Next, there is no question that the government's motion was an "action." Rule 46(e) (3), see supra note 1, provides that the sureties' "liability may be enforced on motion without the necessity of an independent action." Clearly, the government's motion should be considered as an "action" for this purpose.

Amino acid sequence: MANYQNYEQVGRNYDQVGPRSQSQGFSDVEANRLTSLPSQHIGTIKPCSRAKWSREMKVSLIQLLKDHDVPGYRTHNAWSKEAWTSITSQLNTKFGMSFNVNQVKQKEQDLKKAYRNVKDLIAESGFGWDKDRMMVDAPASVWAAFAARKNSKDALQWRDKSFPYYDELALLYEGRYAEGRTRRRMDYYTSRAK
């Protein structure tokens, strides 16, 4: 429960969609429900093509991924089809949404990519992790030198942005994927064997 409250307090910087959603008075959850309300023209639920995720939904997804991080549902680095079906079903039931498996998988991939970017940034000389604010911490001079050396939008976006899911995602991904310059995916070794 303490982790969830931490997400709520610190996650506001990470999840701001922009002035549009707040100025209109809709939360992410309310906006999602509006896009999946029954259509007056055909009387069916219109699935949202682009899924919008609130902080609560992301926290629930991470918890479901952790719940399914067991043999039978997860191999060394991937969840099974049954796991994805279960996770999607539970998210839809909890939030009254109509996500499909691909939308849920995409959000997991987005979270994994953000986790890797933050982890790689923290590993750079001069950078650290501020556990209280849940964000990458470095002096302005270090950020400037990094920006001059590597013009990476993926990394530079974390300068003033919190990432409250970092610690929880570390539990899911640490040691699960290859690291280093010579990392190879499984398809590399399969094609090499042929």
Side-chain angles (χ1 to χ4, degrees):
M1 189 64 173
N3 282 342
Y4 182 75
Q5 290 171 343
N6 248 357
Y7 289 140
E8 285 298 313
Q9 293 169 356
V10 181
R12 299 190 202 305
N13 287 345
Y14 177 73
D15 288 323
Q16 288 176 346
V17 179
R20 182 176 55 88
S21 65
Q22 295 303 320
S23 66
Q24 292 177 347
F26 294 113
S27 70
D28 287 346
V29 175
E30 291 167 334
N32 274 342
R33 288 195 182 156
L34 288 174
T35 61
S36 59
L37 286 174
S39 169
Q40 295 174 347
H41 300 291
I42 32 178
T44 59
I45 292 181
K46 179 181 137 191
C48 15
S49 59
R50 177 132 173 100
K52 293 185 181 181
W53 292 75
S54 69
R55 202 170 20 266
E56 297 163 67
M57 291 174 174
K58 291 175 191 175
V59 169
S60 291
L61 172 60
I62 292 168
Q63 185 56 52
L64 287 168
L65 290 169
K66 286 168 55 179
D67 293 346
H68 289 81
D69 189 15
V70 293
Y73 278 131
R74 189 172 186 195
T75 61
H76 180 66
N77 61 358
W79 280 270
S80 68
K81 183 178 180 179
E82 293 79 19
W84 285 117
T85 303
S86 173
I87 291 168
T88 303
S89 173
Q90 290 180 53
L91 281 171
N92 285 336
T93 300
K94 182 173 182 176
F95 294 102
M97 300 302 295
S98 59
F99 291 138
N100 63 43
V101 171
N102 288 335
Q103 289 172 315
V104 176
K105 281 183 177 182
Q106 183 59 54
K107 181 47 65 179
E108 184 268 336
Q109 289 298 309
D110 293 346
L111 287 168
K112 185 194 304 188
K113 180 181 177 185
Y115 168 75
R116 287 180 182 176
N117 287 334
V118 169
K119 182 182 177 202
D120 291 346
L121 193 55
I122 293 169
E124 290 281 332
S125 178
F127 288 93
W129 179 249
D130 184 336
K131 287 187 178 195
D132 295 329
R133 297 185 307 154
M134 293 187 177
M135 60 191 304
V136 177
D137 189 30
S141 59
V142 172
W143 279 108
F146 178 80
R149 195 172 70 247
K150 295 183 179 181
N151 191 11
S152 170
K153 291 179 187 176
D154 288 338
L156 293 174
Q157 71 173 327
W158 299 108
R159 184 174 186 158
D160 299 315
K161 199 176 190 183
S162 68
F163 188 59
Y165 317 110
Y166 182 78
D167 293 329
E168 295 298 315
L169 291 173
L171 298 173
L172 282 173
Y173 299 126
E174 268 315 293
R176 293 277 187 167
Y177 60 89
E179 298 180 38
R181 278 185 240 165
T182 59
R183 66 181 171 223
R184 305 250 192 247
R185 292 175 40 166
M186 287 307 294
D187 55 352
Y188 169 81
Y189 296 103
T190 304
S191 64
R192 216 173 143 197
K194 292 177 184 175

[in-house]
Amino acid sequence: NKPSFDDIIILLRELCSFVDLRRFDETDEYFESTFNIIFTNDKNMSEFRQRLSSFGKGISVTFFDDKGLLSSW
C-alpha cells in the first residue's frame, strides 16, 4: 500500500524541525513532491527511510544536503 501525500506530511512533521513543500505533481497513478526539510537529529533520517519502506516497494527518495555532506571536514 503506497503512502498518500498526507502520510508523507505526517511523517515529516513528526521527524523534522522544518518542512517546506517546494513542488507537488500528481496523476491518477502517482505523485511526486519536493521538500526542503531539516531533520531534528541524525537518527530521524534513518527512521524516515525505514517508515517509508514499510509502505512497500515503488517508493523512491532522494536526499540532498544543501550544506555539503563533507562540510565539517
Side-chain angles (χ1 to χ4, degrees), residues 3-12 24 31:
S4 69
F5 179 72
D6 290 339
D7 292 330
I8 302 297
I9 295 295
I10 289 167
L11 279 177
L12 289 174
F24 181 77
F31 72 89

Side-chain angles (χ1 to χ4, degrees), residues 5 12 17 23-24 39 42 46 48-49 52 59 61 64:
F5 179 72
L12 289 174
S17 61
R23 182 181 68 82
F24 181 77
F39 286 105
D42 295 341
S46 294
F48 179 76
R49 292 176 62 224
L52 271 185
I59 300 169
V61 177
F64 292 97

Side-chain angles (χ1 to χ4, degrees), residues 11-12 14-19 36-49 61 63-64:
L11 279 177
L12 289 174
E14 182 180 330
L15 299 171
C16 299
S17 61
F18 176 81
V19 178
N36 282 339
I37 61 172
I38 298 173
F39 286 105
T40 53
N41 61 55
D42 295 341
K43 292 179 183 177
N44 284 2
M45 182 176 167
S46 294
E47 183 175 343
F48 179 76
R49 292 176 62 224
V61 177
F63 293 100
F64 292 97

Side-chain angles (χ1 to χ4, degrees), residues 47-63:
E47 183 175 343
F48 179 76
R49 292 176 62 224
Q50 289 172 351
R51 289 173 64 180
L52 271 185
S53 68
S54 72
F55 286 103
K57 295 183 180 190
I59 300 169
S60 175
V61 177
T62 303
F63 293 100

In addition, the government's motion was "an action for money damages brought by the United States." The sureties offer two theories in support of this proposition. Under the first, a government motion for bond forfeiture and judgment is an action for the money damages it may sustain in apprehending a defendant who has fled or otherwise breached the conditions of his bond. Under the second theory, which we prefer, a government motion for forfeiture and judgment is an action for liquidated damages. See United States v. Abernathy, 757 F.2d 1012, 1015-16 (9th Cir.), cert. denied, 474 U.S. 854, 106 S. Ct. 156, 88 L. Ed. 2d 129 (1985) (no remission even where government fails to specify expense incurred as a result of bailee's breach); United States v. Stanley, 601 F.2d 380, 382 (9th Cir. 1979) (bond forfeiture proper even where government fails to show expense incurred.) As already noted, the government's motion with respect to Diego Toro's bond sought a judgment against the sureties in the amount of $125,000, the total amount of the bond.